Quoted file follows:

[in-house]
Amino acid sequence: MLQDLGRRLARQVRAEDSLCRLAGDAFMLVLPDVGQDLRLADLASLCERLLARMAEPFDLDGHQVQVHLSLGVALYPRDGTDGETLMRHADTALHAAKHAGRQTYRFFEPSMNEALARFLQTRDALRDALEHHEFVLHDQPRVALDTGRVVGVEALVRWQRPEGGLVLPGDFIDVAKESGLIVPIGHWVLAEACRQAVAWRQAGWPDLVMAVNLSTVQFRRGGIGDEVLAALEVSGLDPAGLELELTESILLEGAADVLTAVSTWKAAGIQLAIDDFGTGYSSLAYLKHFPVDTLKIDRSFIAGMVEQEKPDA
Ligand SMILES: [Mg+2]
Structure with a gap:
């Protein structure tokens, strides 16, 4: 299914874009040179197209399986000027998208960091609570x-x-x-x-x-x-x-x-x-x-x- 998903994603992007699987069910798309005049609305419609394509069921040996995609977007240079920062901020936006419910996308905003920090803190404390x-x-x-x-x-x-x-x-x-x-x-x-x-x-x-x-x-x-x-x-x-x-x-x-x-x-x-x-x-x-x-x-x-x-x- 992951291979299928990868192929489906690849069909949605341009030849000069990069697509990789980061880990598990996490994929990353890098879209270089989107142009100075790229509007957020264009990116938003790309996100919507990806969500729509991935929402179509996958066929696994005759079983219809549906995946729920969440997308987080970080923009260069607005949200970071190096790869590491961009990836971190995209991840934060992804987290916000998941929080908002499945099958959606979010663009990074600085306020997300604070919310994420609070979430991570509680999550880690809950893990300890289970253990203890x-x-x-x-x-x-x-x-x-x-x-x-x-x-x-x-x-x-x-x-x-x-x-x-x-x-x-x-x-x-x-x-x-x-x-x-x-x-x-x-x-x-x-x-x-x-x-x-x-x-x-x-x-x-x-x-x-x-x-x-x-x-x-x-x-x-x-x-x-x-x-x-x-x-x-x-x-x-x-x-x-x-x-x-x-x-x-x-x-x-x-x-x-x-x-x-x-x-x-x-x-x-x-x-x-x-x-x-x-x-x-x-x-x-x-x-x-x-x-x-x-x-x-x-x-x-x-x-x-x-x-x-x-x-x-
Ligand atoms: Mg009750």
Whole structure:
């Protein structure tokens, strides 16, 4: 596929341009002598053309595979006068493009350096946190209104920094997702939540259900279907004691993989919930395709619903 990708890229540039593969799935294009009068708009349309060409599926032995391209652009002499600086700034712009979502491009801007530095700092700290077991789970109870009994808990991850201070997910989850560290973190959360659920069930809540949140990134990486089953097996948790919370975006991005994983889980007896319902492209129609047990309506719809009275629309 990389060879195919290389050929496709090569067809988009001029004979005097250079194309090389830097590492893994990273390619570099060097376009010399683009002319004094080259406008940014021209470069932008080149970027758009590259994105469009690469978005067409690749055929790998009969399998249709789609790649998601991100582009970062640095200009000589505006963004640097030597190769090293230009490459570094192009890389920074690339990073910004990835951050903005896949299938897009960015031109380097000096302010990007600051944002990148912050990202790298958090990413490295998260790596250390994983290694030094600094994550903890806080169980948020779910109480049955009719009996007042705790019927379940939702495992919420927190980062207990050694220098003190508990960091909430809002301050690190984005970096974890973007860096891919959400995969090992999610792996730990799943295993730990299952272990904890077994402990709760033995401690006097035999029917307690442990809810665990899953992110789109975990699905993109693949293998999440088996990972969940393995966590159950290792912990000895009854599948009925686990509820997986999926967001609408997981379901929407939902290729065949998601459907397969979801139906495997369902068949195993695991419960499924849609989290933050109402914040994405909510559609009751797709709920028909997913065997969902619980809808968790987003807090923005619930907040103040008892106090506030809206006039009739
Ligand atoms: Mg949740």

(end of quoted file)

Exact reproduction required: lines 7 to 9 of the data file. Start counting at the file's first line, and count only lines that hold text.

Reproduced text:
Whole structure:
């Protein structure tokens, strides 16, 4: 596929341009002598053309595979006068493009350096946190209104920094997702939540259900279907004691993989919930395709619903 990708890229540039593969799935294009009068708009349309060409599926032995391209652009002499600086700034712009979502491009801007530095700092700290077991789970109870009994808990991850201070997910989850560290973190959360659920069930809540949140990134990486089953097996948790919370975006991005994983889980007896319902492209129609047990309506719809009275629309 990389060879195919290389050929496709090569067809988009001029004979005097250079194309090389830097590492893994990273390619570099060097376009010399683009002319004094080259406008940014021209470069932008080149970027758009590259994105469009690469978005067409690749055929790998009969399998249709789609790649998601991100582009970062640095200009000589505006963004640097030597190769090293230009490459570094192009890389920074690339990073910004990835951050903005896949299938897009960015031109380097000096302010990007600051944002990148912050990202790298958090990413490295998260790596250390994983290694030094600094994550903890806080169980948020779910109480049955009719009996007042705790019927379940939702495992919420927190980062207990050694220098003190508990960091909430809002301050690190984005970096974890973007860096891919959400995969090992999610792996730990799943295993730990299952272990904890077994402990709760033995401690006097035999029917307690442990809810665990899953992110789109975990699905993109693949293998999440088996990972969940393995966590159950290792912990000895009854599948009925686990509820997986999926967001609408997981379901929407939902290729065949998601459907397969979801139906495997369902068949195993695991419960499924849609989290933050109402914040994405909510559609009751797709709920028909997913065997969902619980809808968790987003807090923005619930907040103040008892106090506030809206006039009739
Ligand atoms: Mg949740």